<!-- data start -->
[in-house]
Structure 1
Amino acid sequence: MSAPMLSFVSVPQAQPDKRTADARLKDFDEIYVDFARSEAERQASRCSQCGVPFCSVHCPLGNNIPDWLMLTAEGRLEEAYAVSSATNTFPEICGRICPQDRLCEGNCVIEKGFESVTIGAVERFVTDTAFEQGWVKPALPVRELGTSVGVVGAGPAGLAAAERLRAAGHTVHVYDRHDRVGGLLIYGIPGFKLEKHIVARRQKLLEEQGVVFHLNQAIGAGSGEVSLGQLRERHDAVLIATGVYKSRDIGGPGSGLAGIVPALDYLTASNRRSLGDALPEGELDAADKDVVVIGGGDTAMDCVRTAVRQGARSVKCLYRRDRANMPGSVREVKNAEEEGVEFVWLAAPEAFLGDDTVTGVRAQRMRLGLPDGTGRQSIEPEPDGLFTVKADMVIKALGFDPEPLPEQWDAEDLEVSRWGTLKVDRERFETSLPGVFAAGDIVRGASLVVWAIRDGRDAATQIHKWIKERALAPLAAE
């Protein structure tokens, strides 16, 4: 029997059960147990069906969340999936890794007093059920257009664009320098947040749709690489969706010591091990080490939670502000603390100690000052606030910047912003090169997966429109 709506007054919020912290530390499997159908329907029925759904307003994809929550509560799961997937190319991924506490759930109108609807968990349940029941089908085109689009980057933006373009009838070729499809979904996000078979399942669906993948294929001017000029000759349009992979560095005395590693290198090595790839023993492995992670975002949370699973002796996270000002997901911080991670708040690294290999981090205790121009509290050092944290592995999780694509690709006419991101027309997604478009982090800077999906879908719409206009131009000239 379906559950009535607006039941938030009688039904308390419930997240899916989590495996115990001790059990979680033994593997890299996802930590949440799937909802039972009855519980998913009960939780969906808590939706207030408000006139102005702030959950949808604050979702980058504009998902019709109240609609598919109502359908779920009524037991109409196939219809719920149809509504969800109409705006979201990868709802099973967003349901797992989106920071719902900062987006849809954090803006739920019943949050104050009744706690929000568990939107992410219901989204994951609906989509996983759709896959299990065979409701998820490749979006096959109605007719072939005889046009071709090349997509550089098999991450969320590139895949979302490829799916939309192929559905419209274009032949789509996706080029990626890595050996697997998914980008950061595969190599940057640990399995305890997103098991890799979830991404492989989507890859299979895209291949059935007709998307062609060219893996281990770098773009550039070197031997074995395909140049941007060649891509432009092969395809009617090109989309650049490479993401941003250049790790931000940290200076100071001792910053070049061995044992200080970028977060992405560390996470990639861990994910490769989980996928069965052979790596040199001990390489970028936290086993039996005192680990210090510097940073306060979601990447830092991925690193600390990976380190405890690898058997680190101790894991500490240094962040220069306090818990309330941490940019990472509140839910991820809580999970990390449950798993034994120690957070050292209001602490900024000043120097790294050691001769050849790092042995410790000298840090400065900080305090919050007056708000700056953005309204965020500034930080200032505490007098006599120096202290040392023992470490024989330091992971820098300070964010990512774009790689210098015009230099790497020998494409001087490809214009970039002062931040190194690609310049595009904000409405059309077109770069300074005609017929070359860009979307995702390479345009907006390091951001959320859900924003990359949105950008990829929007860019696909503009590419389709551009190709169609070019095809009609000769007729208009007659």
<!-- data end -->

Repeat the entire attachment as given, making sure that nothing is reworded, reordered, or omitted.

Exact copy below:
[in-house]
Structure 1
Amino acid sequence: MSAPMLSFVSVPQAQPDKRTADARLKDFDEIYVDFARSEAERQASRCSQCGVPFCSVHCPLGNNIPDWLMLTAEGRLEEAYAVSSATNTFPEICGRICPQDRLCEGNCVIEKGFESVTIGAVERFVTDTAFEQGWVKPALPVRELGTSVGVVGAGPAGLAAAERLRAAGHTVHVYDRHDRVGGLLIYGIPGFKLEKHIVARRQKLLEEQGVVFHLNQAIGAGSGEVSLGQLRERHDAVLIATGVYKSRDIGGPGSGLAGIVPALDYLTASNRRSLGDALPEGELDAADKDVVVIGGGDTAMDCVRTAVRQGARSVKCLYRRDRANMPGSVREVKNAEEEGVEFVWLAAPEAFLGDDTVTGVRAQRMRLGLPDGTGRQSIEPEPDGLFTVKADMVIKALGFDPEPLPEQWDAEDLEVSRWGTLKVDRERFETSLPGVFAAGDIVRGASLVVWAIRDGRDAATQIHKWIKERALAPLAAE
């Protein structure tokens, strides 16, 4: 029997059960147990069906969340999936890794007093059920257009664009320098947040749709690489969706010591091990080490939670502000603390100690000052606030910047912003090169997966429109 709506007054919020912290530390499997159908329907029925759904307003994809929550509560799961997937190319991924506490759930109108609807968990349940029941089908085109689009980057933006373009009838070729499809979904996000078979399942669906993948294929001017000029000759349009992979560095005395590693290198090595790839023993492995992670975002949370699973002796996270000002997901911080991670708040690294290999981090205790121009509290050092944290592995999780694509690709006419991101027309997604478009982090800077999906879908719409206009131009000239 379906559950009535607006039941938030009688039904308390419930997240899916989590495996115990001790059990979680033994593997890299996802930590949440799937909802039972009855519980998913009960939780969906808590939706207030408000006139102005702030959950949808604050979702980058504009998902019709109240609609598919109502359908779920009524037991109409196939219809719920149809509504969800109409705006979201990868709802099973967003349901797992989106920071719902900062987006849809954090803006739920019943949050104050009744706690929000568990939107992410219901989204994951609906989509996983759709896959299990065979409701998820490749979006096959109605007719072939005889046009071709090349997509550089098999991450969320590139895949979302490829799916939309192929559905419209274009032949789509996706080029990626890595050996697997998914980008950061595969190599940057640990399995305890997103098991890799979830991404492989989507890859299979895209291949059935007709998307062609060219893996281990770098773009550039070197031997074995395909140049941007060649891509432009092969395809009617090109989309650049490479993401941003250049790790931000940290200076100071001792910053070049061995044992200080970028977060992405560390996470990639861990994910490769989980996928069965052979790596040199001990390489970028936290086993039996005192680990210090510097940073306060979601990447830092991925690193600390990976380190405890690898058997680190101790894991500490240094962040220069306090818990309330941490940019990472509140839910991820809580999970990390449950798993034994120690957070050292209001602490900024000043120097790294050691001769050849790092042995410790000298840090400065900080305090919050007056708000700056953005309204965020500034930080200032505490007098006599120096202290040392023992470490024989330091992971820098300070964010990512774009790689210098015009230099790497020998494409001087490809214009970039002062931040190194690609310049595009904000409405059309077109770069300074005609017929070359860009979307995702390479345009907006390091951001959320859900924003990359949105950008990829929007860019696909503009590419389709551009190709169609070019095809009609000769007729208009007659």